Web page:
By John Haughey | The Center Square
Florida earned the nation’s third-highest score in K-12 student achievement, but because the state ranked 41st in school financing, its education system got a C grade overall, according to Education Week’s annual Quality Counts assessment.
Florida earned a B-minus in K-12 student achievement grades released this week by Education Week in the third installment of its annual Quality Counts 2020 reports, which compare state-by-state data related to achievement levels, poverty gaps, high school graduation and advanced placement.
Gov. Ron DeSantis praised the ranking, thanking lawmakers for providing “consistent support and resources” to “raise the achievement standards for our K-12 schools.”
The ranking was “a clear measure of the collective hard work of our students, their families, our teachers and school leaders,” Florida Education Commissioner Richard Corcoran said.
Florida did not fare as well in two other categories.
In Education Week’s Chance For Success ratings, Florida earned a C-plus and placed 34th, the same as 2019, with a 77.6 score. The national average was 79.2.
In its School Finance report, Education Week gave Florida a D-plus and placed it 41st, down from 39th last year, with a 68.1 score. The national average was 75.6.
In combining the three assessments, Education Week gave Florida 75.1 out of 100 points, for an overall C grade, finishing 24th among the 50 states and District of Columbia.
The K-12 Achievement index included 18 metrics in six areas: achievement levels, achievement gains, poverty gap, achieving excellence, high school graduation and advanced placement.
• How Are Students Performing Today? Florida received a C and ranked 16th. The average state earned a C-minus.
• Has State Achievement Improved Over Time? Florida posted a C-plus and ranked second. The national average was D-plus.
• How Large Are Poverty-Based Gaps? Florida earned an A-minus and ranked fourth nationally in reducing disparities between low-income students and more affluent peers. The nation overall received a B-minus.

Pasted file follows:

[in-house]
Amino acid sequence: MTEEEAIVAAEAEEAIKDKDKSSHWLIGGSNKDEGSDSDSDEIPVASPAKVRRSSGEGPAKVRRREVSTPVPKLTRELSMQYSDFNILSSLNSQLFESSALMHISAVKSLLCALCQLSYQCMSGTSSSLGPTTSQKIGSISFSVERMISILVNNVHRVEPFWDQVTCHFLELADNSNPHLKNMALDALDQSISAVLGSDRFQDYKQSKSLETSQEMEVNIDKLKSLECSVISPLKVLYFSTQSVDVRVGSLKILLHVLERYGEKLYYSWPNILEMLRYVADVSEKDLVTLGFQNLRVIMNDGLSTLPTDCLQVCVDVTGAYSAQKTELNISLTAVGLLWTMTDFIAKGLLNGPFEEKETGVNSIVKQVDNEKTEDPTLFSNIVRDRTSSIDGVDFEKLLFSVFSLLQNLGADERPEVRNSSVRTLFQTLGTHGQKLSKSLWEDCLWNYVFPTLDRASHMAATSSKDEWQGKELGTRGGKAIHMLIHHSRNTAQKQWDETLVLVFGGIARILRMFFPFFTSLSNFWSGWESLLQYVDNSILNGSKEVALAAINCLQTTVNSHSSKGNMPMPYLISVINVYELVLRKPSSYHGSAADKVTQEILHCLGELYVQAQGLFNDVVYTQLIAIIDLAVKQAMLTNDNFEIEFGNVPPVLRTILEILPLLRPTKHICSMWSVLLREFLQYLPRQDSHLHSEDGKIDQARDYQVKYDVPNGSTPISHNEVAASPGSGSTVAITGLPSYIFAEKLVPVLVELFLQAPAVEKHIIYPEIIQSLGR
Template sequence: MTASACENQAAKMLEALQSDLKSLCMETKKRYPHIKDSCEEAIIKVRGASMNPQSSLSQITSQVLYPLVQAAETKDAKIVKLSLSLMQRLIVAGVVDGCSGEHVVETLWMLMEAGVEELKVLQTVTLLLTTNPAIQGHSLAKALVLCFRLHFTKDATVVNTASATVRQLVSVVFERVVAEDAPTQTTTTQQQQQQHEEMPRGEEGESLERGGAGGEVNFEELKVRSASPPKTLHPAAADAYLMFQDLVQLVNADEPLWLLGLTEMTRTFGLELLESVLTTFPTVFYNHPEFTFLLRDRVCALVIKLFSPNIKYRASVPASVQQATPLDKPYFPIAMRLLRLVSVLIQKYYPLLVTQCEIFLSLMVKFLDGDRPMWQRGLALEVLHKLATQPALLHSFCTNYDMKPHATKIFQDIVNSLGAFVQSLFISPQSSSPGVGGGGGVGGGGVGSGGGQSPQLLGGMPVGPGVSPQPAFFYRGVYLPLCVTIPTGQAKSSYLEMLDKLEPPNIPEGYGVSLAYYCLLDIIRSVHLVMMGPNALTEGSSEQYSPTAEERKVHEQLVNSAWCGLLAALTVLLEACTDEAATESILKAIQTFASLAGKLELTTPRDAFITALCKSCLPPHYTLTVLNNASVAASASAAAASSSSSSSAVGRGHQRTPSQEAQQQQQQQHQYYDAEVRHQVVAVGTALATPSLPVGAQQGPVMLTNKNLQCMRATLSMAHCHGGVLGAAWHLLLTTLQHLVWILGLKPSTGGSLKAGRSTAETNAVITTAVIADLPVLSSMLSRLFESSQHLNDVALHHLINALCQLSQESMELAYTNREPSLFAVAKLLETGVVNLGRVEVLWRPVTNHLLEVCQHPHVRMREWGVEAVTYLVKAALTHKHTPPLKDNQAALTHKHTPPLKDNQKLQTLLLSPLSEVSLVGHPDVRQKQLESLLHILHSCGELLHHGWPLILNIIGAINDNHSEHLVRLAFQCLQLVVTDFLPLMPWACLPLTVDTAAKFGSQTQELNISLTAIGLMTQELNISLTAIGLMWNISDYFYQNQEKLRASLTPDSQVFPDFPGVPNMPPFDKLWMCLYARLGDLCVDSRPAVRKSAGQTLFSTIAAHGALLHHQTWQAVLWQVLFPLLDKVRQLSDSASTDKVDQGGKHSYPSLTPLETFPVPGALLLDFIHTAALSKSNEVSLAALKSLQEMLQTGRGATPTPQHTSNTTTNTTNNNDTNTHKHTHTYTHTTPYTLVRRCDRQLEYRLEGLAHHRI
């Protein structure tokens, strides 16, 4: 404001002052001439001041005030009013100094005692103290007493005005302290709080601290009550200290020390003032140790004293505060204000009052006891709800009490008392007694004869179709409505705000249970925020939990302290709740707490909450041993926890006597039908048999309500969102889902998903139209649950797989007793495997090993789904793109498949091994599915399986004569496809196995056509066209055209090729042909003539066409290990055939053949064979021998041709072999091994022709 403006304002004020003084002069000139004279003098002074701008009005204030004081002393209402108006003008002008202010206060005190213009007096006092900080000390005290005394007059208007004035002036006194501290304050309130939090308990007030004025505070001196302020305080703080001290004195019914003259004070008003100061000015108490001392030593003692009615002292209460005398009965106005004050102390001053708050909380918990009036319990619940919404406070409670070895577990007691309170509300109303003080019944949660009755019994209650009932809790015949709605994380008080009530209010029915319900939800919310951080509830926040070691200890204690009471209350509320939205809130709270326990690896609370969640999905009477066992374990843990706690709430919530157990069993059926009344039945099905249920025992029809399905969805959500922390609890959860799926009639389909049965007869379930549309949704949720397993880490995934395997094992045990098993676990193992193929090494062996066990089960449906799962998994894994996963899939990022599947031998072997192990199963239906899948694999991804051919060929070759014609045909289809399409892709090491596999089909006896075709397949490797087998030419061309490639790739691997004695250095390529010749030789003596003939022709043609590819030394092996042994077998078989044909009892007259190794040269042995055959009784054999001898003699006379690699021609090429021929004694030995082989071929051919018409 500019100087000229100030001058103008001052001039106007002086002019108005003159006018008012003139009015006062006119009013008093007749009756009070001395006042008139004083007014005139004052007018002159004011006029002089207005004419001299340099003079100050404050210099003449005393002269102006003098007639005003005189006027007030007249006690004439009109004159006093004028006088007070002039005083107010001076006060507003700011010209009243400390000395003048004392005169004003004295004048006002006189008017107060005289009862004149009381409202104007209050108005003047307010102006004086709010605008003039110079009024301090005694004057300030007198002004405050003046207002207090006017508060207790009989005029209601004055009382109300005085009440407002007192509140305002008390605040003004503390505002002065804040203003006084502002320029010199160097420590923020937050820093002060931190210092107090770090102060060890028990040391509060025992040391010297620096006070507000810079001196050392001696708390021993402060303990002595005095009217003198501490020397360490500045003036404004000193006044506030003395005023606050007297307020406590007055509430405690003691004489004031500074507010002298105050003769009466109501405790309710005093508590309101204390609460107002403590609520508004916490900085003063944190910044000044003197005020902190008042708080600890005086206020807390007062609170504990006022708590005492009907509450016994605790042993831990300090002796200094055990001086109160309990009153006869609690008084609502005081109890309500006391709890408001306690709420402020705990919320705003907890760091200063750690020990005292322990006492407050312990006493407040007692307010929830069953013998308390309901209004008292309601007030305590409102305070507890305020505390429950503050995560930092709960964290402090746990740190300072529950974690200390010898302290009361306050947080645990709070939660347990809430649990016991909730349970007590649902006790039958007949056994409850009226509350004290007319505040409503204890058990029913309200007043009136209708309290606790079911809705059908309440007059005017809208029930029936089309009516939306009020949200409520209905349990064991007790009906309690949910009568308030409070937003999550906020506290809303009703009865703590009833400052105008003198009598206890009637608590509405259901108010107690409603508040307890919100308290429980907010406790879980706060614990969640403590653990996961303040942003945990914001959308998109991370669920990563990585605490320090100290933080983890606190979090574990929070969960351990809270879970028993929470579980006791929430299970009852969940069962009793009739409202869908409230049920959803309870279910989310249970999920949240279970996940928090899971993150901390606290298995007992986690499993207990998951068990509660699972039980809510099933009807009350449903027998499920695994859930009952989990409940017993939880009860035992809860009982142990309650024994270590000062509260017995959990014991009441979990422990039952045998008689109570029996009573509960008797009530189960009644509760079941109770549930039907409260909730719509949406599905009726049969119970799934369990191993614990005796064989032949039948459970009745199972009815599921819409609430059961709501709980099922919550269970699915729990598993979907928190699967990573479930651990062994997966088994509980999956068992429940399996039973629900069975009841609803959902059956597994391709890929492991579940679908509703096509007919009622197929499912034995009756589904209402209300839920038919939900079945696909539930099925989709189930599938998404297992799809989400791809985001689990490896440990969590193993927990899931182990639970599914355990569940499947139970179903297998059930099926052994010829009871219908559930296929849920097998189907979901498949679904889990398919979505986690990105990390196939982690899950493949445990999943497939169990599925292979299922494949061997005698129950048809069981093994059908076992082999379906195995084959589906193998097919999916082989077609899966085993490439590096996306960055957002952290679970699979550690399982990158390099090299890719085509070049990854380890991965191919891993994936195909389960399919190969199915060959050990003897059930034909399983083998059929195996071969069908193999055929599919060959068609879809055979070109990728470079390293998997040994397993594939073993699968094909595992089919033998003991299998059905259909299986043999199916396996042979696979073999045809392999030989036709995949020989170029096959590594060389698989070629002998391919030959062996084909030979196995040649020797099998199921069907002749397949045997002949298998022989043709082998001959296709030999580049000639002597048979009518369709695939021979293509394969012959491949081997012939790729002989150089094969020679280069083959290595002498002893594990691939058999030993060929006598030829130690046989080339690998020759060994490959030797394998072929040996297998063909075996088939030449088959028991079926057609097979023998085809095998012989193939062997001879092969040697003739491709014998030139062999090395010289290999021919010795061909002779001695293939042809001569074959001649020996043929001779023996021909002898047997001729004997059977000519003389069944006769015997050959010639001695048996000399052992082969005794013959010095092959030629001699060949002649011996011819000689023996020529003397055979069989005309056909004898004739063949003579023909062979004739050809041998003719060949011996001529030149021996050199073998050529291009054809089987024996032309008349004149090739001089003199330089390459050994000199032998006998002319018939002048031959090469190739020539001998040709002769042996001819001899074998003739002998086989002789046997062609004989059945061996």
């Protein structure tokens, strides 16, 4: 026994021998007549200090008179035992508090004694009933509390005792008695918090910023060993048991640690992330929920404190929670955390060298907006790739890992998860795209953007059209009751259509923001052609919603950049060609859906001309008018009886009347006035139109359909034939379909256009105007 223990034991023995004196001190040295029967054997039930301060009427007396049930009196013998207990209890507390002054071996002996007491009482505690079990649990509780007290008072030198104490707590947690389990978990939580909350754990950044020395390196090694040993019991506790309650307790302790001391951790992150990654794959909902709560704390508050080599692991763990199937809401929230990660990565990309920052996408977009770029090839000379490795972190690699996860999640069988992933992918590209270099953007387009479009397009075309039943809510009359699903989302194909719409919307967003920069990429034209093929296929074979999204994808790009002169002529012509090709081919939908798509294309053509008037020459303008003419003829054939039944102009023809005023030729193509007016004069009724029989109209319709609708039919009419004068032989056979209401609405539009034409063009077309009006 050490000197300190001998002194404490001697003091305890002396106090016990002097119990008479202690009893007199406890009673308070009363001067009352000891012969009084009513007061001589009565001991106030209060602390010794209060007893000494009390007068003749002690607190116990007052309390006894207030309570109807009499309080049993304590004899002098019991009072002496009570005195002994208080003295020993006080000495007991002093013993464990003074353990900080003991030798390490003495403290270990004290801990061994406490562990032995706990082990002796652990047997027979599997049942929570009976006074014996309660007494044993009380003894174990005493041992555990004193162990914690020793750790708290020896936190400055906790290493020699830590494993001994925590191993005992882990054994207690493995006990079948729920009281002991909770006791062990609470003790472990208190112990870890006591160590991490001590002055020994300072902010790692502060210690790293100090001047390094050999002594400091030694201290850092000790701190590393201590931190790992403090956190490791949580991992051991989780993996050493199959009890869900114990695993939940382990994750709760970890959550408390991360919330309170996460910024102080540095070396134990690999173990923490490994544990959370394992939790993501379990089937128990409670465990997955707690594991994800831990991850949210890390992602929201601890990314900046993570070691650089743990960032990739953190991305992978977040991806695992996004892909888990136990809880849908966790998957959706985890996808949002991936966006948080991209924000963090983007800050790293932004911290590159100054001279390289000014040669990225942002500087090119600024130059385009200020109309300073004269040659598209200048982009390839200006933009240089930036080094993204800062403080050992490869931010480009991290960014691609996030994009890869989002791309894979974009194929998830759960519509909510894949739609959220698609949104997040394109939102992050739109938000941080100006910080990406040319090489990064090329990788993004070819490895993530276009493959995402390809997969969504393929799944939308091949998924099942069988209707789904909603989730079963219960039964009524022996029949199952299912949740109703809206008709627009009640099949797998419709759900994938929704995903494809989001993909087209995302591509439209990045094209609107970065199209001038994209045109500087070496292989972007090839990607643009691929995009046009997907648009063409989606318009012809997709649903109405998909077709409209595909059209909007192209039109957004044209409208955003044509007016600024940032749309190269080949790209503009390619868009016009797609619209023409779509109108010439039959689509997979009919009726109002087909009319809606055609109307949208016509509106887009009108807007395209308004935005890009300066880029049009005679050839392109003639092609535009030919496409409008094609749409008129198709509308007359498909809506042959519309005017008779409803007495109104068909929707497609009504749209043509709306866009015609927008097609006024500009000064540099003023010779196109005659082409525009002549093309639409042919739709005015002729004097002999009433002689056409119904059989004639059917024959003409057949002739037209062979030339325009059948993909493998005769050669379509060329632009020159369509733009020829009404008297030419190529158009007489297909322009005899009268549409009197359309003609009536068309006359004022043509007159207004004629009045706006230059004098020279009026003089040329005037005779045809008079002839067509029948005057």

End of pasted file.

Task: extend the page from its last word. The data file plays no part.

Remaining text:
• Third for improvement in fourth-grade mathematics;
• Fourth for improvement in eighth-grade reading;
• Fourth for improving fourth-grade poverty gap;
• Sixth for proficiency in fourth-grade mathematics;
• Seventh for the size of fourth-grade reading poverty gap;
• Seventh for improving eighth-grade poverty gap;
• Seventh for improving high advanced placement test scores;
• Eighth for improvement in fourth-grade reading;
• Ninth for having 11th- and 12th-grade students with high advanced placement test scores.
With Florida in the first year of a three-year transition from Common Core curriculum to its Benchmarks For Excellent Student Thinking (BEST) program, Corcoran expects the state’s K-12 students to continue to advance in national rankings.
“With the implementation of Florida BEST standards, early learning and literacy initiatives, lifting up our struggling schools and at-risk students and providing access to higher quality acceleration and career pathways courses, we must continue to close all manner of achievement gaps, so Florida’s students can become No. 1 in the nation,” Corcoran said.
Education Weekly has added a Coronavirus Learning Loss Risk Index to its assessments to focus on factors that “have placed students at greater risk for learning loss” during the coronavirus pandemic.
According to the index, Florida students “are at medium risk of learning loss” compared with other states.